“Oh Zuko,” she said into his hair, “no, my love. You’re a good prince and you know why?” She pulled back and wiped her thumb across some wetness staining his cheeks. “It’s because you care about living things, even when it’s hard. You’re hardworking and brilliant and you use it all for the sake of others. I would want to live in a nation knowing my Fire Lord did everything he could to protect me and my family. That is the mark of a true leader, using your power for the betterment of the world.”

“Do you think I could be that kind of a person?” Zuko asked meekly.

“Oh my dear boy,” she said with a kiss, “of course you will. You’ll be the kindest Fire Lord the world has ever known.”


“Oh Agni which one of these do I answer first,” Zuko asked himself picking one of the literal dozens of scrolls littered on his desk. He’d felt on top of the world a week ago when the Fire Sages had crowned him Fire Lord but now he wonders if he’ll really be able to fix his broken nation, this broken world. The scrolls contained everything from demands of reparations from the Earth Kingdom and Water Tribes, generals at the front asking for orders, Fire Nation dignitaries disagreeing with his ideas for a new, brighter Fire Nation. Basically everyone wanted a piece of him and he just didn’t know if he was enough.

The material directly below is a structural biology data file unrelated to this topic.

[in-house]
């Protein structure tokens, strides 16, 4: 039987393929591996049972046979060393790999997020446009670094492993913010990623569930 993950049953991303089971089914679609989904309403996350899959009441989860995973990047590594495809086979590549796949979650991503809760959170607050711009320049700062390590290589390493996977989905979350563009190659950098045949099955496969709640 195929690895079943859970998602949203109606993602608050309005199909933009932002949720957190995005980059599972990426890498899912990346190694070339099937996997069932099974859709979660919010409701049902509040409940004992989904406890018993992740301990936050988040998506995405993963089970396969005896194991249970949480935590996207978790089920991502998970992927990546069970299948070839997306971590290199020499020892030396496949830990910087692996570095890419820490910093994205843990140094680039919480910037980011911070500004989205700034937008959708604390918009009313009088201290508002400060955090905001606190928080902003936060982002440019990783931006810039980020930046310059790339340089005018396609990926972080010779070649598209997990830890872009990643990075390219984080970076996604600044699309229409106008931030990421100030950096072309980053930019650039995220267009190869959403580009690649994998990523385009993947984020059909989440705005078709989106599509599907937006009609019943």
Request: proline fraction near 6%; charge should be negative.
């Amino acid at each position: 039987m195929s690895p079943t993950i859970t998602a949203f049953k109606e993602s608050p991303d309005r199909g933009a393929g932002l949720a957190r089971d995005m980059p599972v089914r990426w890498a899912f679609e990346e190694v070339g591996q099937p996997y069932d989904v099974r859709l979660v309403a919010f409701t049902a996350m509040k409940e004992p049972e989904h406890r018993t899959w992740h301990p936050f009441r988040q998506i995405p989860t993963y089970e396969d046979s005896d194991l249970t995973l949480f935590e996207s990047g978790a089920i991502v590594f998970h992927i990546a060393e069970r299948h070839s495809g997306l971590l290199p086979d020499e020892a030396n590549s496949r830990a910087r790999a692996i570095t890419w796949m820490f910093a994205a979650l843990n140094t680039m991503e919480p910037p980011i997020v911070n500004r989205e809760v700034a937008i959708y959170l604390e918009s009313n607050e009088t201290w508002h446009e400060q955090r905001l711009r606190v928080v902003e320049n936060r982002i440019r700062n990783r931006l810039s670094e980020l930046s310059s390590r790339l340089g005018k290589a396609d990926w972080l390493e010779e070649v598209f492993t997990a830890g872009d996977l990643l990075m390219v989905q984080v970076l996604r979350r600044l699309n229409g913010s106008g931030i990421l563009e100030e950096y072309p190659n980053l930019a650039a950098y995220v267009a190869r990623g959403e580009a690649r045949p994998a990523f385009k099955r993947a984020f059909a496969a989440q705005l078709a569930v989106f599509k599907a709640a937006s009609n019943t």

He stalked over to the wall on the other side of room and stared at a painting Sokka had given him before they’d left. It depicted Zuko with his swords doing some sort of firebending, or at least that was how Sokka described it. It pretty hard to tell but it had been made for him by his friend, a fact that still took him off guard. Who would have thought he’d ever be nostalgic for the War? Simpler times now that he thought on it, stop the Fire Lord and save the world but now he’s Fire Lord and he doesn’t know how to fix things. He doesn’t know if anyone could. He was tired from too many late nights, worn down by the physical and emotional stress of the last few weeks and aching from the inside out at the thought of being exactly what his father said he was: nothing.

He growled, pulling away from the wall and going back to his desk where the scrolls were still lying, just as accusing and disbelieving and unanswered as they were a moment ago. There’s a quiet little knock at the door and a hesitant little “My Lord?”

“What?” Zuko snapped, spilling some scrolls from the desk in his anger. As quickly as his frustration bubbled, it fizzled out and he chased after the frightened servant who had staggered back out into the hallway. “I’m sorry, I’m so sorry, you startled me and I’m just so frustrated and I didn’t mean to scare you, really.” He was about ready to get down on his knees when the servant, an older woman he remembers seeing on the periphery of his childhood, kind of stopped and stared at him as if she didn’t know what to make of him.

“Are you alright, my Lord?” She said finally as he kind of awkwardly staggered to his feet deciding he probably looked ridiculous going for a bow with this woman. He swayed a little bit, pushing some of the hair out of his face.